At their best, the Seahawks have been a blend of competitive fire and frantic motion, so it’s fitting to co-opt a theory of thermodynamics to describe their current status.
As we speak, they’re dealing with the forces of entropy.
Basically, it proclaims that systems that aren’t renewed suffer from an inevitable decline into disorder. Things fall apart, unravel.
Naturally, teams break down over time. Age rises, motivation wanes, the wheels need more lubrication.
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Last season for the Seahawks seemed doomed by a collision of ego-driven distraction and the disappointment of unachieved expectations.
As long as there was the strong lure of reaching the top once again, the Hawks were fine.
The win over New England in November proved the Seahawks still had it when they wanted to crank up the magic factory.
The deeper look at the team’s current mindset was brought to the headlines by the now-tiresome discussion of the once-thought-unspeakable prospect of trading cornerback Richard Sherman.
Sherman was a tinderbox for the second half of the season. He admirably holds himself to the highest of standards, but it’s not his job to police teammates and staffers to the same degree.
His frustration led him to it, along with the realization that championship windows soon will be on a greased chute toward the closed position.
Likely, the talks of a trade and the mutual openness to the idea are a part of the normal course of business. But being so willing to talk about it publicly is a different approach.
A symbol of the inevitable fraying? More a recognition that the system is going to have to be renewed — at least at some positions — before it comes undone.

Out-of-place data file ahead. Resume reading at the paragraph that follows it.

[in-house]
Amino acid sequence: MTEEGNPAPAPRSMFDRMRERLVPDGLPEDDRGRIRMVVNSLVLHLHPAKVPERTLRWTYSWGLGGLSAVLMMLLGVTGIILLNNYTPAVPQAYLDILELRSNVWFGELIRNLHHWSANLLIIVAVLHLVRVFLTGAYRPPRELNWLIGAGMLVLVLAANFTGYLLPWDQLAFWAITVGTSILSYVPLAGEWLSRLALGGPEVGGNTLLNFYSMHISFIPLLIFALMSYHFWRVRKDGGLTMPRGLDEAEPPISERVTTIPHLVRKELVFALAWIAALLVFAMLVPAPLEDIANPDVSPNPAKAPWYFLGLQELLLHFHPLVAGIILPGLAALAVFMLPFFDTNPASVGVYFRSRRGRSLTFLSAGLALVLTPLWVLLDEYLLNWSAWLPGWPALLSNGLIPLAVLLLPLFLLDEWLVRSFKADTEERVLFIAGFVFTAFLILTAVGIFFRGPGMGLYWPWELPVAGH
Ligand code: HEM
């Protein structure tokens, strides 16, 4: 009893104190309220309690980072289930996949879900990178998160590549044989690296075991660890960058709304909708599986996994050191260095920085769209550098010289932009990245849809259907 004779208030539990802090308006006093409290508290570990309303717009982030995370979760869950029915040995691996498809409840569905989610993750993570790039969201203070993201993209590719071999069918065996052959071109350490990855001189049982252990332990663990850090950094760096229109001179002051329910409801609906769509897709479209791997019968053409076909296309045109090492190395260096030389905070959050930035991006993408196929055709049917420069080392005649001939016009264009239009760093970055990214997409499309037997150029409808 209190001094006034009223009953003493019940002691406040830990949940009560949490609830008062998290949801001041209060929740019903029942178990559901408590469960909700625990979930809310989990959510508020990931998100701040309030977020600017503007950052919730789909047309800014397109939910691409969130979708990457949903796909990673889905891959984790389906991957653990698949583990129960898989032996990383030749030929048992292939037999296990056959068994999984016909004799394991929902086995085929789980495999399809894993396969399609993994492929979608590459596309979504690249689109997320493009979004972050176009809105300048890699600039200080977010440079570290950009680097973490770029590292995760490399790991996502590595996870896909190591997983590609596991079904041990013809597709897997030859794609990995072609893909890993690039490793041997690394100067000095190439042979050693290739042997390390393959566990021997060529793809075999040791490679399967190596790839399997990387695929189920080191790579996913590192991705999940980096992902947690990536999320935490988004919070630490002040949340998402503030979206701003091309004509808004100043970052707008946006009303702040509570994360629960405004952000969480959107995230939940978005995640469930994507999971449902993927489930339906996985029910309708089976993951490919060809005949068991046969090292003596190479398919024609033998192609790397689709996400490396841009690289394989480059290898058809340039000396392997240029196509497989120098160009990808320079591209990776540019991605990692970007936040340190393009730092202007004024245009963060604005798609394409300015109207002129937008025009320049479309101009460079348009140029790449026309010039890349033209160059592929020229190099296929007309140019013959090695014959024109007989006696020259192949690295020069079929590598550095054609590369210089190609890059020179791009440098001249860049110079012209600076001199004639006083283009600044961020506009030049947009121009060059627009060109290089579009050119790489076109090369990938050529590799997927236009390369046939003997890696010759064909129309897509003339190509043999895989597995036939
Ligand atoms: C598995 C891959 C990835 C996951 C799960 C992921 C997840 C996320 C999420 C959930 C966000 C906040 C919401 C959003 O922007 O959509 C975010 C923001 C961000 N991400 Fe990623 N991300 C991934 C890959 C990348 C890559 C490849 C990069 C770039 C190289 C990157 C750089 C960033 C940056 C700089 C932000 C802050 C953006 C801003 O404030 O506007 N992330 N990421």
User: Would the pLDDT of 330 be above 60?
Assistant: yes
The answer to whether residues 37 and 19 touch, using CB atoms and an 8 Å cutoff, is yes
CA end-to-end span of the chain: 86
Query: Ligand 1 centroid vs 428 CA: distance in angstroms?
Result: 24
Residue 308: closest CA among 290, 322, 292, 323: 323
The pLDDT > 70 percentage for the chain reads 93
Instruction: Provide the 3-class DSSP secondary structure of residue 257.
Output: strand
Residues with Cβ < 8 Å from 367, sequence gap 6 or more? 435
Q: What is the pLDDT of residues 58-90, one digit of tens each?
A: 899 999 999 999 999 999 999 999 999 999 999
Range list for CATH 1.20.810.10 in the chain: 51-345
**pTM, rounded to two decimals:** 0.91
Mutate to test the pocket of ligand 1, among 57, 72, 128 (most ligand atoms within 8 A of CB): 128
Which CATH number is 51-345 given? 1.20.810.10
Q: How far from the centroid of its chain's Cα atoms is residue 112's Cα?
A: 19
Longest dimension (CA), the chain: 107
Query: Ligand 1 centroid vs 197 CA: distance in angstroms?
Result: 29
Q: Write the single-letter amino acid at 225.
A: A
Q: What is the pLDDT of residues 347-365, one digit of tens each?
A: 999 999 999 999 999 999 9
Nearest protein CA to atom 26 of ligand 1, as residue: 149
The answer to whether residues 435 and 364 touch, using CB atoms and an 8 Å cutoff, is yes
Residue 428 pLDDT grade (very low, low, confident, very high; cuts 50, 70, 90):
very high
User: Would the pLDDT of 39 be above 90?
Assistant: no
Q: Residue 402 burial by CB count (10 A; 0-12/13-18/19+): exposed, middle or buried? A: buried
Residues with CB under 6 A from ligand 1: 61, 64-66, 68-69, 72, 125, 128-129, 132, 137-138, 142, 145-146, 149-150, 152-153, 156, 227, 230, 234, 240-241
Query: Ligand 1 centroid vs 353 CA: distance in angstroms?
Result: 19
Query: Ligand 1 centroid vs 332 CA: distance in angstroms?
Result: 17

Of course they’re getting older. Every key core veteran player has had a significant injury.
NFL fact: When life-long fiscal security intersects with an awareness of career mortality, absolute 100 percent production arrives only on a must-have basis.
Not for everybody, but it’s common enough to take a team out of contention.
The 2017 Seahawks can fend it off by avoiding a few key causes of 2016 problems.
I would argue that they have two keystone players with such game-changing talents and will that they can forestall the disorder. Quarterback Russell Wilson was at some fractional portion of his maximum because of injuries, and free safety Earl Thomas was lost with a broken leg.
The necessary sense of renewal the 2016 Hawks might have felt would have come from back Thomas Rawls. Had he bounced back from his broken leg to reach rookie productivity, the team would have been able to look ahead rather than back wistfully at the days with Marshawn Lynch.
Even as late as the divisional playoff game at Atlanta, the Hawks showed the belief they could beat the Falcons and make it to another championship game.
It was interesting that GM John Schneider would mention one specific play from that game on a recent radio interview.
He talked about how the holding call on backup linebacker Kevin Pierre-Louis played a role in the loss.
Did it ever. When early in the second quarter Devin Hester returned a punt 80 yards to the Falcons’ 7, it looked certain a likely score would put them ahead 17-7.
But the penalty, by one of those young players who was supposed to be ripening into a big playmaker, brought them back deep in their own territory. Wilson was sacked for a safety two plays later, and the Falcons scored on their next three possessions.
Inside the mind of the Seahawks: Go up 17-7, they’re rolling. When that didn’t happen, well, the damper came down on the competitive fire.
Afterward, defensive end Michael Bennett, who had fought hard to get back from a knee injury during the season, blew up at innocuous questions from a television reporter.
Surely, he was inflamed by the frustrations of not advancing, of having put his body on the line with a championship effort that didn’t return dividends. It was an unvarnished display of what a good number of his teammates probably felt.
If they held on for that win, Bennett might have been a jovial jokester. The team would have pulled more tightly together with the goal closer in sight.
Sometimes it’s only a play here or there that can pull at the loose thread.
Entropy is like that.